Foreign Policy / Politics

Historic Brazilian Loss Bodes Well for US

The United States’ 1-0 blunder against Germany on June 26th appears to be an achievement following the 7-1 drubbing suffered by Brazil at the hands of the Germans yesterday. Tears and disbelief filled the minds of onlooking fans as native Brazilians watched their country suffer the worst semi-final loss in World Cup history. Brazilian defender Marcelo Vieira da Silva emphasized the embarrassment faced by the Brazilian nation, describing the defeat as “the worst day of our lives”. The Brazilian defeat will certainly cause many negative emotional and political repercussions amongst Brazilians, however, the loss may prove to have a positive political influence on the United States.

Brazil is one of the fastest-growing nations in the world, currently listed as the “world’s seventh largest economy and the United States’ eighth-largest merchandise trading partner” according to the US Department of State . Two-way trade between the US and Brazil amassed $76 billion in 2012 en route to the United States’ recordation of an astounding $11.6 billion in trade surplus during the same year.

Brazil represented the sixth highest market surplus for the United States in 2012, however, US surplus with the Portuguese-speaking nation fell substantially following American whistle-blower, Edward Snowden’s, release of classified NSA files on June 12, 2013. Snowden’s leaks found the United States guilty of tapping phone calls from Brazilian President, Dilma Rousseff, popular Brazilian oil company, Petrobras, and millions of Brazilian citizens.

Outraged, Rousseff, the nation’s first female President, promptly cancelled a planned visit to the United States and accepted a $4.5 billion contract with Swedish manufacturer, Saab, rather than American manufacturer, Boeing, for Brazilian jet engine production.

Relations between the US and Brazil appear to be slowly mending, however, upon his recent visit to Brazil, Vice President Joe Biden’s attempts to mend relations with Rousseff appeared to have minimal effects. Rouseff, much to Biden’s dismay, “did not appear anxious to return to relations with Americans in any way, nor did she seem ambitious to return to previous trade agreements.”

Fortunately for Americans, Rousseff is up for re-election this fall, and her approval rankings are quickly plummeting. According to a March opinion poll Rousseff’s current approval rating is 36%, a sharp 7% decline from 2013’s 43% approval rating.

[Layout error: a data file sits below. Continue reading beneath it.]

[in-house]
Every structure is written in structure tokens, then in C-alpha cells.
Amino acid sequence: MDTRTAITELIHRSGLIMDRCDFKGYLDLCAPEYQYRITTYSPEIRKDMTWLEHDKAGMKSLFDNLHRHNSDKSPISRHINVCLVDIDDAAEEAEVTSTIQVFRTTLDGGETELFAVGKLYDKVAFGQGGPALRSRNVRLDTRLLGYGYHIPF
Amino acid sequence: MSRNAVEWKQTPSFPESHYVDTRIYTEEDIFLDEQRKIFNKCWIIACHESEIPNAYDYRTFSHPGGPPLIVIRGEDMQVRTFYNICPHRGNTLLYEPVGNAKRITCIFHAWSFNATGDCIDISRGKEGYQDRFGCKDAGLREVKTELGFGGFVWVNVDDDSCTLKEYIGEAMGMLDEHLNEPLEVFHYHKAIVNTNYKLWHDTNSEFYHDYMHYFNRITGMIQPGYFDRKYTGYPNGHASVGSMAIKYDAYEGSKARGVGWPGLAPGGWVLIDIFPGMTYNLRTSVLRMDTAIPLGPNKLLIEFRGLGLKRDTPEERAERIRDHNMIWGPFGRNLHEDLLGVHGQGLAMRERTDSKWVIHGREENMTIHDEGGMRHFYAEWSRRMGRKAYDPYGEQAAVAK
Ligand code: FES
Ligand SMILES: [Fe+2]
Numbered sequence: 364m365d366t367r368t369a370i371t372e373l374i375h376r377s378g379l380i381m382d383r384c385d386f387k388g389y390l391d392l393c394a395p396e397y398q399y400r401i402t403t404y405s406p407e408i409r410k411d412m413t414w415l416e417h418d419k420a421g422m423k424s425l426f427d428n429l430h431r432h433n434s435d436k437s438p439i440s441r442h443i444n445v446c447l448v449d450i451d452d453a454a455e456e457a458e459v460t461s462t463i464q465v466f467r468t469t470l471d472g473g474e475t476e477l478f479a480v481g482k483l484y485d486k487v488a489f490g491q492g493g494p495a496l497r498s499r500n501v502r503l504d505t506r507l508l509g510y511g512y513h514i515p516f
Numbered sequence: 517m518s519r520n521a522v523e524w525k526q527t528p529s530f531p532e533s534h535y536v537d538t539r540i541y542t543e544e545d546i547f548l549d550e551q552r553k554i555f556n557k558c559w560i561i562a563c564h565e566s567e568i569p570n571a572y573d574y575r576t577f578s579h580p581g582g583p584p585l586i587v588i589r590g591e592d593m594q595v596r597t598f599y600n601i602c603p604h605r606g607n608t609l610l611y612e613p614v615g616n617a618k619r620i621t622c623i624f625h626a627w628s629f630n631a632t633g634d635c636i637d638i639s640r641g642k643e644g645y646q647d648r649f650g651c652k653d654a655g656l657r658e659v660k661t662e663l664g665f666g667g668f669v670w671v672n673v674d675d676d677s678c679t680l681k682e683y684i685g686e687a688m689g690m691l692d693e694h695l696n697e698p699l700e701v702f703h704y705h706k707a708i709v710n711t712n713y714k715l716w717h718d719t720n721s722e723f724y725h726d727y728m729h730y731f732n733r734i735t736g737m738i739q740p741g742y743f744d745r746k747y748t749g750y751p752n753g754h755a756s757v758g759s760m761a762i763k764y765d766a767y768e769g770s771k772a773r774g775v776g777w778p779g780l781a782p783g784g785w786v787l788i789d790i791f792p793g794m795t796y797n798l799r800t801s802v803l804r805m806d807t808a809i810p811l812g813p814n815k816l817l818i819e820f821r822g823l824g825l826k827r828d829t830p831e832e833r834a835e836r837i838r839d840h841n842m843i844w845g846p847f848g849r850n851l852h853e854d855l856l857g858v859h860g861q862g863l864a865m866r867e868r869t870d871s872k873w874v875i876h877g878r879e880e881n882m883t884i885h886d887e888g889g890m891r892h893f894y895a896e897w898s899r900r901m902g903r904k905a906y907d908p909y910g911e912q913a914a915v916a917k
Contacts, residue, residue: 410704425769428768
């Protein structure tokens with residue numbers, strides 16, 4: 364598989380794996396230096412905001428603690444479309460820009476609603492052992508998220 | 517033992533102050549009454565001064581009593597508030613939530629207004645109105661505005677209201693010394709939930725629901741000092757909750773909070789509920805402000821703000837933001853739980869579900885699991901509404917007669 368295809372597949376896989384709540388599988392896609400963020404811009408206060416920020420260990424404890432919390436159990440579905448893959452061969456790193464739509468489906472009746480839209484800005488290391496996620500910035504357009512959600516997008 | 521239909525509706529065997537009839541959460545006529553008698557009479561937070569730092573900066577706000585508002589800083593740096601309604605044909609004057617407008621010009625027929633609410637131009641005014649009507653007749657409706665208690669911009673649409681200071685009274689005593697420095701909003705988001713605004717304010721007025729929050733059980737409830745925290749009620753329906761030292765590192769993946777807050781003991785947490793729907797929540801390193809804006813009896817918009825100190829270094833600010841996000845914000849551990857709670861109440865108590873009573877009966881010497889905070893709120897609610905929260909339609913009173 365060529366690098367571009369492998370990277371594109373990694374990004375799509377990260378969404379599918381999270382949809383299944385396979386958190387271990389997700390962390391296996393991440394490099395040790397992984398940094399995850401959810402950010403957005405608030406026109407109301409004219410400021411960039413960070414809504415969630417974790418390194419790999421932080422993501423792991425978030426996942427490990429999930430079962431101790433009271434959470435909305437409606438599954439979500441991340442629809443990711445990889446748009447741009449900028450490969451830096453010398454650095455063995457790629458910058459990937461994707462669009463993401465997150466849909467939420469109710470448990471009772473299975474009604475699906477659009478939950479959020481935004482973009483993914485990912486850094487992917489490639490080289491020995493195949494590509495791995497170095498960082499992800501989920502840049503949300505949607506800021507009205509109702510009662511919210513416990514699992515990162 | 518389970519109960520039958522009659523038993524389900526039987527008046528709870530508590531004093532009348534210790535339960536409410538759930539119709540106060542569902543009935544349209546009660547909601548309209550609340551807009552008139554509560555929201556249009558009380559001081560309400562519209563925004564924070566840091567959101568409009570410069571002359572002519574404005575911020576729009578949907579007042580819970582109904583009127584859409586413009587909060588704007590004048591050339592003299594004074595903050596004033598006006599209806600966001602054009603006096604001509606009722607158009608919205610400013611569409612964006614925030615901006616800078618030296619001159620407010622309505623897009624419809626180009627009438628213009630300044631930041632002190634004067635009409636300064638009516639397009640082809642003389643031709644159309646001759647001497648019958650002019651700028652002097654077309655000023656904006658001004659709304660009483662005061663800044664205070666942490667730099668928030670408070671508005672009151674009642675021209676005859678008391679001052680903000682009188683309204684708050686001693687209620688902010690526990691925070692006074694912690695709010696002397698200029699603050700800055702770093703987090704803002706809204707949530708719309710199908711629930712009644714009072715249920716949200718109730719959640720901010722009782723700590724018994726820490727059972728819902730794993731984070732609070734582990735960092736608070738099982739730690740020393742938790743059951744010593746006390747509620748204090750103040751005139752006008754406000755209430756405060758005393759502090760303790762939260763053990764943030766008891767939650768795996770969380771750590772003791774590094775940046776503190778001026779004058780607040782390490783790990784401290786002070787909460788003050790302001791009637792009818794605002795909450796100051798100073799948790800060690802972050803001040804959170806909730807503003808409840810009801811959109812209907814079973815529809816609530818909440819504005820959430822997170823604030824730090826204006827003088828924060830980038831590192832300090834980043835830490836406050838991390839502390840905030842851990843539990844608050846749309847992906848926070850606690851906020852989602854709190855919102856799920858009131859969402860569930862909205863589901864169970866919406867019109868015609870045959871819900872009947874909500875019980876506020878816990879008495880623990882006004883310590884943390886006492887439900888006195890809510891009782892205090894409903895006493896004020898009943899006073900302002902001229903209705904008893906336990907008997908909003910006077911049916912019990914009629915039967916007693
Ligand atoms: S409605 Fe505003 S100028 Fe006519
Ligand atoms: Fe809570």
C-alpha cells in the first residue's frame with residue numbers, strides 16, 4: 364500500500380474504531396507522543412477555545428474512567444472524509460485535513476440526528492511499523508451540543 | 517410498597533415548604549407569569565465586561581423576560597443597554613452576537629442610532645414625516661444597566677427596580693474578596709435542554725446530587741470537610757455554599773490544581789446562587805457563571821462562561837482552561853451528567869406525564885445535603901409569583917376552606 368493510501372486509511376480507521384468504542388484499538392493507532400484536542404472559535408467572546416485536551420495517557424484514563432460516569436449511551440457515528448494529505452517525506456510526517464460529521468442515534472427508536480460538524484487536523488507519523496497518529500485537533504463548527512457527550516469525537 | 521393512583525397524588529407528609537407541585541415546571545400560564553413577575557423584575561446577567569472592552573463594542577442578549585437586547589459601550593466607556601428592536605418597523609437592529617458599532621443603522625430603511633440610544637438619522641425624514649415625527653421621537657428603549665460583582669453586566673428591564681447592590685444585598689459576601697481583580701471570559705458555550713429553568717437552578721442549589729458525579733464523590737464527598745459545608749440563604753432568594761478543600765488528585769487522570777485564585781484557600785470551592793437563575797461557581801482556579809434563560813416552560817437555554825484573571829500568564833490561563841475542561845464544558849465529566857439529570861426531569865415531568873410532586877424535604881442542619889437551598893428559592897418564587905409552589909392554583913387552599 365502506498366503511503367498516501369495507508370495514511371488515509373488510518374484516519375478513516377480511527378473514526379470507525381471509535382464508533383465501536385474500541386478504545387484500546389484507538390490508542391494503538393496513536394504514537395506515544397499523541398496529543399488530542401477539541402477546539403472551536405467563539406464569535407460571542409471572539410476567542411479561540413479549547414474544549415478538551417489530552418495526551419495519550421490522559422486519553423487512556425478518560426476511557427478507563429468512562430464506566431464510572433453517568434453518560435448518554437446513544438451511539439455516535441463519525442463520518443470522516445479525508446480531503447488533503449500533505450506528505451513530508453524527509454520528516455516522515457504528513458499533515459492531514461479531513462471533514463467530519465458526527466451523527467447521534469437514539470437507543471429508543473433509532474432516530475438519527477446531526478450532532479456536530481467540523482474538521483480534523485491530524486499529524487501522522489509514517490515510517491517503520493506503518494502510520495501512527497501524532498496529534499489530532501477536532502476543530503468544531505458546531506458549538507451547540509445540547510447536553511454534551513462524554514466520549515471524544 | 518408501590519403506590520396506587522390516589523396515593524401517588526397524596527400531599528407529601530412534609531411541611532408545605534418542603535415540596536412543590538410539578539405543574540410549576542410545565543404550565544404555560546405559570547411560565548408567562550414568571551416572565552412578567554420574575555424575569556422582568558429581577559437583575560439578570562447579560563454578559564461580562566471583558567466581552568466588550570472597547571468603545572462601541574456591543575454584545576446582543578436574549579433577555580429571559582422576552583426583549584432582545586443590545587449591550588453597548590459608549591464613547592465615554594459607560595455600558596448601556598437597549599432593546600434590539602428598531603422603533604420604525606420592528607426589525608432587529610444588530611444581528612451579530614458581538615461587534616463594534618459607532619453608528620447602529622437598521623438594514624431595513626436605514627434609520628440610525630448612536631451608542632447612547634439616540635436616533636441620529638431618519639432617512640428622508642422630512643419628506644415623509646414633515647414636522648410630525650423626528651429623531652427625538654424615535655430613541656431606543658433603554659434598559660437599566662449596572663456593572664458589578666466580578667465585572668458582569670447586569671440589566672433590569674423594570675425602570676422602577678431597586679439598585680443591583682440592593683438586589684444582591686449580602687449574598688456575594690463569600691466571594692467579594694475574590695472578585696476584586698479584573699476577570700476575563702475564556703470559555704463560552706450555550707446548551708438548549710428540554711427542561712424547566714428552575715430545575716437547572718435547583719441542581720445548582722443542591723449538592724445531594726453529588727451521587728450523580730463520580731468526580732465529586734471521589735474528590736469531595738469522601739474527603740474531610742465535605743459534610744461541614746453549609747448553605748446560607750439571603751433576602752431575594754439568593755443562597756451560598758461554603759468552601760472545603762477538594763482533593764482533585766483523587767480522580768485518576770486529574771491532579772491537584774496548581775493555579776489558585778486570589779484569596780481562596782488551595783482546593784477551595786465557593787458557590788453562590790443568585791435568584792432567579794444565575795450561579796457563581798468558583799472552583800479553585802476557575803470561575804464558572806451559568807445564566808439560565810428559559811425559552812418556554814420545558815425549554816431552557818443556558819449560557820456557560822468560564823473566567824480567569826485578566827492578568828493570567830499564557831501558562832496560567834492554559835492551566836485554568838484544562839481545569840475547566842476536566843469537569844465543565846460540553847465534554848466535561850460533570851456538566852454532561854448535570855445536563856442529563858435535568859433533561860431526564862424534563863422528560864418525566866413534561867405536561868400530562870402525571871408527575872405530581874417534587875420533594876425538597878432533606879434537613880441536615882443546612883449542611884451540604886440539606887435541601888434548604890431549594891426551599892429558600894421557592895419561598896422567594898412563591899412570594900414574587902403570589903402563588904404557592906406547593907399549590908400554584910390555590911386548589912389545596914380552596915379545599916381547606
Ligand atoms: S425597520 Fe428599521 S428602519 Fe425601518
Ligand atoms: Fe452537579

Many have equated the sharp decline in Rouseff’s approval rating with the vast Brazilian spending in anticipation of hosting the World Cup. To date, Brazil has spent over $11 billion on the World Cup, $3.6 billion of which was spent on 12 soccer stadiums that will have no long-term future value to the nation.

Drastic World Cup spending has been the source of multiple Brazilian riots over the past year. Thousands of Brazilians filled the streets of Rio de Janeiro in early 2013 to voice their disapproval towards government spending on stadiums that will have no long-term economic impact for the state. Additionally, Brazil will receive none of the profit margins from ticket and merchandise sales within the stadiums which they constructed. The Fédération Internationale de Football Association (FIFA), the organization responsible for the World Cup, keeps all benefits tied explicitly to the World Cup. The supposed non-profit organization deemed that host nations should benefit through increased tourism and publicity, however, hundreds of thousands of Brazilians disagreed, resulting in riots and Rouseff’s plummeting approval rating.

Brazil’s embarrassing loss yesterday to Germany may have been enough to sink Rouseff’s political career. Turmoil has already ensued in Brazil, as seen through recent riots, including one which saw the burning of a public bus transit. Brazil’s recent downfall is one which no nation would wish upon another, however, if opposition Eduardo Campos or Aecio Neves were somehow able to leverage public opinion and overtake Rouseff in the fall, increased trade, tourism, and positive externalities may arise within the American economy.

To many Brazilians, soccer is a form of religion, however, given Brazil’s investment to the 2014 World Cup, soccer has become politics, and the political repercussions of Brazil’s defeat may fare well for US foreign policy.